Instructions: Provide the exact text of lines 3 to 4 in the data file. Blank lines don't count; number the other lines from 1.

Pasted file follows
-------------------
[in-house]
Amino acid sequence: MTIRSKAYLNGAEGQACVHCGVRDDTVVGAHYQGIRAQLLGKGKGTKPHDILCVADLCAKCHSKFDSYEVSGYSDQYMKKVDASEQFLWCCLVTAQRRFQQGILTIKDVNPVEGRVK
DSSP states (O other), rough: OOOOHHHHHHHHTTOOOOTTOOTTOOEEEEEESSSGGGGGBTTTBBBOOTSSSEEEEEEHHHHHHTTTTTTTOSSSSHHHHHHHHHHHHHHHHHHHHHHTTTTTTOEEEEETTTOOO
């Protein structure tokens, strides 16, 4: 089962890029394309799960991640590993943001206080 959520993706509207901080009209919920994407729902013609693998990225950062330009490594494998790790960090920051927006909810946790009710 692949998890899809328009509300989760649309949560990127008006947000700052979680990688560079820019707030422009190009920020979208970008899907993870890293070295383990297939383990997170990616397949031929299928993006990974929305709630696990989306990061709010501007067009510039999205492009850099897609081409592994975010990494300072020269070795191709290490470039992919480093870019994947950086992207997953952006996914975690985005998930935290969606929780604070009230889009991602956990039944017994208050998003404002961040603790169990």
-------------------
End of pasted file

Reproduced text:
DSSP states (O other), rough: OOOOHHHHHHHHTTOOOOTTOOTTOOEEEEEESSSGGGGGBTTTBBBOOTSSSEEEEEEHHHHHHTTTTTTTOSSSSHHHHHHHHHHHHHHHHHHHHHHTTTTTTOEEEEETTTOOO
């Protein structure tokens, strides 16, 4: 089962890029394309799960991640590993943001206080 959520993706509207901080009209919920994407729902013609693998990225950062330009490594494998790790960090920051927006909810946790009710 692949998890899809328009509300989760649309949560990127008006947000700052979680990688560079820019707030422009190009920020979208970008899907993870890293070295383990297939383990997170990616397949031929299928993006990974929305709630696990989306990061709010501007067009510039999205492009850099897609081409592994975010990494300072020269070795191709290490470039992919480093870019994947950086992207997953952006996914975690985005998930935290969606929780604070009230889009991602956990039944017994208050998003404002961040603790169990």